It’s a powerful concept

“Crowdfunding” is not a term many know but it refers to people pooling small amounts of money online to collectively fund a charitable or creative effort. In the past, crowdfunding has been used to make movies, launch rock tours – even help tsunami victims in Japan.

It’s a powerful concept, one that has capitalized on the unique strengths of the Internet to quickly bring together large numbers of people in support of a common cause.

Typically, crowdfunders aren’t seeking a profit or trying to build something sustainable. But what if they were? What if the common cause that brought people together wasn’t an indie film or music video but a coffee shop, a green grocer or a tech startup? What if small investors had a way to band together and fund small business ventures that otherwise might not get off the ground? What would happen then?

My answer: Good things, potentially. Entrepreneurs with great ideas but no money to pursue them and no chance of getting any from the bank would finally have their chance. Micro-investors who want to invest locally would finally have a way of doing so. Jobs would be created, economies would be stimulated, dreams would be seeded.

It’s close to happening. Congress recognized the possibilities inherent in such an expanded view of crowdfunding, and its response was the Jumpstart Our Startups (JOBS) Act, which was signed into law by President Obama in April.

The act – which will loosen SEC regulations that formerly blocked equity-based crowdfunding and allow entrepreneurs to gather up to $2 million in small chunks from investors – was passed with broad bipartisan support because it had become clear that the traditional approach to funding small businesses and start-ups was inadequate and unfair.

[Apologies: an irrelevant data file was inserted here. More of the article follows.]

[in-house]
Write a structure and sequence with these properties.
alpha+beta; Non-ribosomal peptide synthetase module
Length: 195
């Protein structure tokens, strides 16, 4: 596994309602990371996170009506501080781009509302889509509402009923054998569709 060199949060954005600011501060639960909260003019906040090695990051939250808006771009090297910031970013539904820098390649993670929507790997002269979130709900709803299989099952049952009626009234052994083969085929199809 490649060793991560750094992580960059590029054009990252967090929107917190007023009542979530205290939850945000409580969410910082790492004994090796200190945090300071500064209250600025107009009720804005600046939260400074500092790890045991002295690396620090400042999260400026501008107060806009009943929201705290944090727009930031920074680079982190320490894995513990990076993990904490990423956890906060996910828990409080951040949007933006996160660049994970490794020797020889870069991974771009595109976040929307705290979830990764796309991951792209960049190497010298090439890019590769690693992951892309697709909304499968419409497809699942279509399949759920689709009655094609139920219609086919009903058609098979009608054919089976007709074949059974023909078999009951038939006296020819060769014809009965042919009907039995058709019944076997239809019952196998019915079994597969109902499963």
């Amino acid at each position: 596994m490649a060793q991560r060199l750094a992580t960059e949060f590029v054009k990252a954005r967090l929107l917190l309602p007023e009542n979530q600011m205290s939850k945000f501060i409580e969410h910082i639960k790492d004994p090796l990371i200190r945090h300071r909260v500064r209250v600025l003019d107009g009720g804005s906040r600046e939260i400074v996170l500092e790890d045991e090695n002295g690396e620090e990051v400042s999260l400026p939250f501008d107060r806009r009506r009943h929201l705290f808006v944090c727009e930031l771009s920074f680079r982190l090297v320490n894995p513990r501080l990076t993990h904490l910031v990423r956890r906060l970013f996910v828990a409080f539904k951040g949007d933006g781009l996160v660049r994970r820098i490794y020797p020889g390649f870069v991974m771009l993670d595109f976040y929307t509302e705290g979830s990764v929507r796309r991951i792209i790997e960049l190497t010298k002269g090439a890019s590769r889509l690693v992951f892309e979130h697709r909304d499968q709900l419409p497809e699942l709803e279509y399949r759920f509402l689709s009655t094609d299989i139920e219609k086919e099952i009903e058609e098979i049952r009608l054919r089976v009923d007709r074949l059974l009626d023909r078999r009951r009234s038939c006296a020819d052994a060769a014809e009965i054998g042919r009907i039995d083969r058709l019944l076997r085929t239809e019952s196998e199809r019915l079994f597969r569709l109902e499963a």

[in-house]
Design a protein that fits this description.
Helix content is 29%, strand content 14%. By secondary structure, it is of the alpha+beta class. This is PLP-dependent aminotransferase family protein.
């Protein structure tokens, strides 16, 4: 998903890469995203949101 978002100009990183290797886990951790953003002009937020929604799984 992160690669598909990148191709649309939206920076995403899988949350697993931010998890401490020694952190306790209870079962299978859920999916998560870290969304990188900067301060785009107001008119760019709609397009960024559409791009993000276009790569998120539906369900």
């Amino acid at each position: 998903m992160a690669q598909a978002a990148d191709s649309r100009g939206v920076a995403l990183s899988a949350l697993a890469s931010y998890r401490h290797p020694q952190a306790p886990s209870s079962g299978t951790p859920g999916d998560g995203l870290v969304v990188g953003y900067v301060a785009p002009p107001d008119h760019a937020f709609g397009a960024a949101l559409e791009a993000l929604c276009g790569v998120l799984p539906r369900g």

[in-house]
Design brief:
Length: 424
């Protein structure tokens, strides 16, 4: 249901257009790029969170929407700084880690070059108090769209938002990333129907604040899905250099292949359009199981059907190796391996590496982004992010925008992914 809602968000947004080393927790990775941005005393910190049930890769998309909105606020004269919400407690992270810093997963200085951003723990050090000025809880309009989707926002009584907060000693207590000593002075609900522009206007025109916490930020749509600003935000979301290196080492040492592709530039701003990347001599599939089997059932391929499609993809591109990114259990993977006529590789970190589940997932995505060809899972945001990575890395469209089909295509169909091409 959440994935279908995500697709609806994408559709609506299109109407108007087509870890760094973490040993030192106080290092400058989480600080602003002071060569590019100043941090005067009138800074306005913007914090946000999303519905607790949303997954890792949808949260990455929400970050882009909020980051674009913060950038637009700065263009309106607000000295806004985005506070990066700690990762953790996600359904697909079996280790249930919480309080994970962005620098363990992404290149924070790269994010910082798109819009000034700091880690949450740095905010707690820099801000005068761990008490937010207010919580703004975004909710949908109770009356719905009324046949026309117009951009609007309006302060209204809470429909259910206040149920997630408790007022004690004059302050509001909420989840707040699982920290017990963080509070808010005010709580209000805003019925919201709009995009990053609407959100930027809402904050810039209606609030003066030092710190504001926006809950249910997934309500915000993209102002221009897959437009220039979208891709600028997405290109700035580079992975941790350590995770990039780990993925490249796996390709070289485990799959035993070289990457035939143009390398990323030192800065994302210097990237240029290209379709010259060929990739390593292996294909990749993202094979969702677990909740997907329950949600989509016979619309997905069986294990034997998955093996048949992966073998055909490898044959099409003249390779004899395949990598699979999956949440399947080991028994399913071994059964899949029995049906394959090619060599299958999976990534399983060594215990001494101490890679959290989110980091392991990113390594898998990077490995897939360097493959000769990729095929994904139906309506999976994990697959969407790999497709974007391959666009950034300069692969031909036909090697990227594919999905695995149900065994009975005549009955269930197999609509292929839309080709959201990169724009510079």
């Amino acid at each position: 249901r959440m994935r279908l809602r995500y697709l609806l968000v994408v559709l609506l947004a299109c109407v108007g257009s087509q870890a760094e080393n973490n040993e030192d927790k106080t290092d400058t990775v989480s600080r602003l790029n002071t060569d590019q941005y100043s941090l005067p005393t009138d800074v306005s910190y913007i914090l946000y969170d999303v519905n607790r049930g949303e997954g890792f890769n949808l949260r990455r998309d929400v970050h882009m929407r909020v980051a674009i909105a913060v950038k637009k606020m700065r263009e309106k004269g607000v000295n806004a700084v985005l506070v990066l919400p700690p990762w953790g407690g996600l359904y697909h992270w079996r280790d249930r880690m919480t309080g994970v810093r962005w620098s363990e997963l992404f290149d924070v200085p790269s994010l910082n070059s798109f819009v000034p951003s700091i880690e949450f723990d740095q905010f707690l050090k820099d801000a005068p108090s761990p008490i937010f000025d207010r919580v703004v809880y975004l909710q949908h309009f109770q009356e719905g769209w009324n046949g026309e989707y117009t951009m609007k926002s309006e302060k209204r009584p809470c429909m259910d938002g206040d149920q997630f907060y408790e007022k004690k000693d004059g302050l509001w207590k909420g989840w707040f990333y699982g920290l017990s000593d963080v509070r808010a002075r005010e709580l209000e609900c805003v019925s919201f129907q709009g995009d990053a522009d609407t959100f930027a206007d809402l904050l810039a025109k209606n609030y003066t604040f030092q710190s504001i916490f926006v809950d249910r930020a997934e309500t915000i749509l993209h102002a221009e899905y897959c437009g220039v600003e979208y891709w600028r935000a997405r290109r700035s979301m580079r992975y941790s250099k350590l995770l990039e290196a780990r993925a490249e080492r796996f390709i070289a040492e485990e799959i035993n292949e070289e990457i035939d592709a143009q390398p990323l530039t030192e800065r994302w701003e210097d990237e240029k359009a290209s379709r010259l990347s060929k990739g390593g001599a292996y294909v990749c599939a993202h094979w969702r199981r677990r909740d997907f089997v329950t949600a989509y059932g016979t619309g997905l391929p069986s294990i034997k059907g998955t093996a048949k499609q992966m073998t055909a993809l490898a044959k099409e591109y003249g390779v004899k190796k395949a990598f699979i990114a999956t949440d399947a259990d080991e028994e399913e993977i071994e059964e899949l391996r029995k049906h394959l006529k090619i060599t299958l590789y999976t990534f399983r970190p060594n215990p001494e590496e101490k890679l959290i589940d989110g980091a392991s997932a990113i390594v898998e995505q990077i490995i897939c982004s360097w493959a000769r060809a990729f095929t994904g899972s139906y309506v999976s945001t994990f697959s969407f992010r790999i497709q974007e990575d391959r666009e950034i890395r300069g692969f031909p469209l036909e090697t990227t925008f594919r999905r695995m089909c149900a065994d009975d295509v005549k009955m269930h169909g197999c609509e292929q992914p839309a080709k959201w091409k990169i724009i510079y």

In 2011, for example, the U.S. loaned roughly $282 million to “small businesses,” but the majority of those loans went to established companies with $3 to $50 million in revenues – hardly what most of us would call “small.” Businesses and start-ups that hadn’t yet reached that $3 million threshold were often financed the “old-fashioned” way – with credit cards and home equity loans.

But as the economy soured, fewer were likely to risk those routes. The result: new business creation nationally dropped 23 percent after 2007, according to the Bureau of Labor Statistics, and by last fall the U.S. had fallen to 13th on the World Bank Doing Business report’s list for ease of starting a business.

Washington hopes the JOBS Act will go a long way toward reversing those trends by – in the words of Rep. Sam Graves (R-Mo.), chairman of the House Small Business Committee – “providing opportunities, increasing capital formation and paving the way for more small-scale businesses to go public and create more jobs.”

First, though, due diligence must be done. The government will spend the next year writing the rules by which this new frontier of equity-based crowdfunding will operate. I encourage them to move slowly and deliberately in order to satisfy justifiable concerns about fraud, investor exposure and regulatory complexity.